Next week marks 75 years since the decisive battle at the tiny island of Midway. We came across a great post by the U.S. National Archives about John Ford’s movies on this battle and recommend you head over there for some interesting information on the films. Take some time to watch the films while you’re there. Here’s an excerpt to get you started:
On June 4, 1942, the Japanese Imperial Navy attacked United States forces on the island of Midway. With four Japanese aircraft carriers sunk by the conclusion of the conflict, the battle was the first major victory for the US in the Pacific. But victory did not come without cost. More than 300 Americans lost their lives during the Battle of Midway, including all but one member of the bomber group Torpedo Squadron 8. Two films made by Oscar-winning director John Ford, now preserved at the National Archives, tell the story of triumph and sacrifice at Midway.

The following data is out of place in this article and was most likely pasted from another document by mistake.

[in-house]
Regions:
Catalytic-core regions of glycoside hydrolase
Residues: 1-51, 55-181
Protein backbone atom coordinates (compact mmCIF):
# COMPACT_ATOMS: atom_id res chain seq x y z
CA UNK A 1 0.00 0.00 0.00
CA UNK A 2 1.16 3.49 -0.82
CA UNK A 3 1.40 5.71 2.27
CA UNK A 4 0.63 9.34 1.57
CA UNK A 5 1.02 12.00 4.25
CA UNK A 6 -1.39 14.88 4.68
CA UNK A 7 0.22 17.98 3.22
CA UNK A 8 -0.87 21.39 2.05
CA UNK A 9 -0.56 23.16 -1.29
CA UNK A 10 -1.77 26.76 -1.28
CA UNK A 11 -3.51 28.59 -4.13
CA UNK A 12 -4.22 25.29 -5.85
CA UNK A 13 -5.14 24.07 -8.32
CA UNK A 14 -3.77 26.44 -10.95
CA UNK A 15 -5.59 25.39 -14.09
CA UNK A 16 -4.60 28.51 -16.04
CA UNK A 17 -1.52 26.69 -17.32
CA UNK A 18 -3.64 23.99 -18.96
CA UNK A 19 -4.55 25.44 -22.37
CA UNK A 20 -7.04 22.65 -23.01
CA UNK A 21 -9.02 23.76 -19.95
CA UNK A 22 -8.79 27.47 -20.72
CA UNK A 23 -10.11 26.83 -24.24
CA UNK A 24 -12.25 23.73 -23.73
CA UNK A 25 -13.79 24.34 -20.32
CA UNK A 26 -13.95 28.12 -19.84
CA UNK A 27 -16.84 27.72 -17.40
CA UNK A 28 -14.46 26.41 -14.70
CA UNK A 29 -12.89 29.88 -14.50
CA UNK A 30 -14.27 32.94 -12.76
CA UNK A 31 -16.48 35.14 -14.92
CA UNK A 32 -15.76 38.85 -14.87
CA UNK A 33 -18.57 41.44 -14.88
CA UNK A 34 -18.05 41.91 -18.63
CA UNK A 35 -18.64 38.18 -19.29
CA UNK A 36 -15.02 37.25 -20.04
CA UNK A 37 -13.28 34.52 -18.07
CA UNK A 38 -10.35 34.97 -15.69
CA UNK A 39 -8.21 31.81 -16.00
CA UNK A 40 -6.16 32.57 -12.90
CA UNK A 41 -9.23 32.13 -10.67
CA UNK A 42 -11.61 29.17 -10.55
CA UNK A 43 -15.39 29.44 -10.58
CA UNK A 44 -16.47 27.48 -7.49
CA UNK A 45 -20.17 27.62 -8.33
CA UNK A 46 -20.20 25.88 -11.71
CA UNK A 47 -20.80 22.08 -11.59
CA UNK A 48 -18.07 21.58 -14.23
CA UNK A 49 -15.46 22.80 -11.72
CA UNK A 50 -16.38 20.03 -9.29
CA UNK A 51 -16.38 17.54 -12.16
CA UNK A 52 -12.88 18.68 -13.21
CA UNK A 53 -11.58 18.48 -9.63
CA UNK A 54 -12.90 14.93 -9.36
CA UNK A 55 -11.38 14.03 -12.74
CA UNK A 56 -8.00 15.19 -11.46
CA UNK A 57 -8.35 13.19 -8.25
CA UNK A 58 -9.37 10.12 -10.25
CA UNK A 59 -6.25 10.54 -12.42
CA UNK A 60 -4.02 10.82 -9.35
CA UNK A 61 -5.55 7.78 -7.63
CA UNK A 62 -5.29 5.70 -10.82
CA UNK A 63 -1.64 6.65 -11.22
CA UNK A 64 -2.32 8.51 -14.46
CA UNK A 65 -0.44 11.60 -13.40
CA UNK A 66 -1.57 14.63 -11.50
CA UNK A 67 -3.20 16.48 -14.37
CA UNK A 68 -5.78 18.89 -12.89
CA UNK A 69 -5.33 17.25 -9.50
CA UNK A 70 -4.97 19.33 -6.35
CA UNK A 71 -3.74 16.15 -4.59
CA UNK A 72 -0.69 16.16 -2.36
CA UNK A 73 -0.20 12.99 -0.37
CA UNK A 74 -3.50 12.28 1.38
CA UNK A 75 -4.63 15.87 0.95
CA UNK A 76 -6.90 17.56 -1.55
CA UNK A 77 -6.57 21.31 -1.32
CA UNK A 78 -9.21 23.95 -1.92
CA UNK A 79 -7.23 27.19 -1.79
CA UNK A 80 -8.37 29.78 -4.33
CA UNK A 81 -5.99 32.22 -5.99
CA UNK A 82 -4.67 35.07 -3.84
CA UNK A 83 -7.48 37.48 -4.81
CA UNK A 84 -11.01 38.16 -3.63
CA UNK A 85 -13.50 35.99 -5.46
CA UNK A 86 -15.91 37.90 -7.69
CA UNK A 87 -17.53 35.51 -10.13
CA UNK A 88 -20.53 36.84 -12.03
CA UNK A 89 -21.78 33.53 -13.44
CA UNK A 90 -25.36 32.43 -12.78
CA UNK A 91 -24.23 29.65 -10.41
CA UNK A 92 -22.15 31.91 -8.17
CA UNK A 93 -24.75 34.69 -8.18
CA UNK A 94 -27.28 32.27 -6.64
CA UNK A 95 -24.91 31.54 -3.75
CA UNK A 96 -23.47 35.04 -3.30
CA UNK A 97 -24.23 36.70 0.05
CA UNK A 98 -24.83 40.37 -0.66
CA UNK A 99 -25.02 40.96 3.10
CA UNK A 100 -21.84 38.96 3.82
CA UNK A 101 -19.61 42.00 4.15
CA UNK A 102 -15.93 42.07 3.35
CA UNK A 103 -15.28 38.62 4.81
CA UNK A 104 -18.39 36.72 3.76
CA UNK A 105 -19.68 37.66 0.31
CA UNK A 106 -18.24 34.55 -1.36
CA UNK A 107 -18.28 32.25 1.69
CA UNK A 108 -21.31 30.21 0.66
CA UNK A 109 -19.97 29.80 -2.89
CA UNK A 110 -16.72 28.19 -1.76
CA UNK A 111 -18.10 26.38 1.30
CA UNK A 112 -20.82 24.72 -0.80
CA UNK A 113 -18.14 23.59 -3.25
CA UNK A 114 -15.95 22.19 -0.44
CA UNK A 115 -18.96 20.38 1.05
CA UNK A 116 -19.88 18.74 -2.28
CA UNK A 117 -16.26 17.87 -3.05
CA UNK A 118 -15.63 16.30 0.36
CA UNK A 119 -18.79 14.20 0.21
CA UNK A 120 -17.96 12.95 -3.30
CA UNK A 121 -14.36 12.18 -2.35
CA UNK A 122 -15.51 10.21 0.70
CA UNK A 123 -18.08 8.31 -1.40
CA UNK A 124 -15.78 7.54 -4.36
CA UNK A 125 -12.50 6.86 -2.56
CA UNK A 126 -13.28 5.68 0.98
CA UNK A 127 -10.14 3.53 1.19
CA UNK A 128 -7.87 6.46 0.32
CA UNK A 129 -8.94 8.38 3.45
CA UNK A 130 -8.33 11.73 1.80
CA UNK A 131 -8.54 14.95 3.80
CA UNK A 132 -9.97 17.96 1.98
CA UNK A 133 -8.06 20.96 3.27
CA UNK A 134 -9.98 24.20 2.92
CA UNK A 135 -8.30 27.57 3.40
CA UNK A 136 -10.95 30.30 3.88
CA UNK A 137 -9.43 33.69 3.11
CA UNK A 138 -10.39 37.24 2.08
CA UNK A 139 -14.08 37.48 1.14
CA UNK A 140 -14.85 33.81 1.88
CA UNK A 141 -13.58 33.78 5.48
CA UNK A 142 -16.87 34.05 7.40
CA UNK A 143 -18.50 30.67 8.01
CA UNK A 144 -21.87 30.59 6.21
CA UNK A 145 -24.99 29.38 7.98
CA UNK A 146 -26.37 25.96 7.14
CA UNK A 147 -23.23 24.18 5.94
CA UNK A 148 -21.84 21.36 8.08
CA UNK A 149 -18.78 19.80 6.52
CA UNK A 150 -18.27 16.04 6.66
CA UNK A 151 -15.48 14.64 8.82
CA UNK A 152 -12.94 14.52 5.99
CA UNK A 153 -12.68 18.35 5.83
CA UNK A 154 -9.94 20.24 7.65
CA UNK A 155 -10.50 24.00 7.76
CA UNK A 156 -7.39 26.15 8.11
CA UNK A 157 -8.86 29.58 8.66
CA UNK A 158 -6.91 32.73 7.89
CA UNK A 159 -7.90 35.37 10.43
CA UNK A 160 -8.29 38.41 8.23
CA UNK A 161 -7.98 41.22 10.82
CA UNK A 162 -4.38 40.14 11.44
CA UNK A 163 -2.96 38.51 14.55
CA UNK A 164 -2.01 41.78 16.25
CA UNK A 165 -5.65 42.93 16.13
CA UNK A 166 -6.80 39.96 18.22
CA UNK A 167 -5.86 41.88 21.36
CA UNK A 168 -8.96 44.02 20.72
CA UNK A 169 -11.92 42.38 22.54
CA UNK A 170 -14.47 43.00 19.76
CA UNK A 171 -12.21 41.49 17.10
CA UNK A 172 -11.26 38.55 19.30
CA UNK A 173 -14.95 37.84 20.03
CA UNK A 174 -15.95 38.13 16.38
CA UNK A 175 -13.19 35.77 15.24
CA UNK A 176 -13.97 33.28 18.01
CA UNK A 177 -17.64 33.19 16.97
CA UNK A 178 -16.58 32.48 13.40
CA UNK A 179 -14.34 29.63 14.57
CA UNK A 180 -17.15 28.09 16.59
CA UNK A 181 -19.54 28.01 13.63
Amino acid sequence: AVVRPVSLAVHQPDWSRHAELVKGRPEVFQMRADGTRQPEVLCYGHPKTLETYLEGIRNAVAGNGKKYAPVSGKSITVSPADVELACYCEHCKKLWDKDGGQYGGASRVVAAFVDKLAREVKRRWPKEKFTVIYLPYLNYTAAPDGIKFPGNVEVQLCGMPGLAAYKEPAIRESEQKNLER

The Battle of Midway
Two years into John Ford’s war service, the Hollywood director had produced Sex Hygiene, the military’s frontline weapon against venereal disease—a threat to military readiness—and established the Navy’s Field Photo Unit. When Ford was asked to find a few cameramen for an assignment in the Pacific, he put his own name forward and headed to Midway, a strategically important island halfway between mainland America and Japan…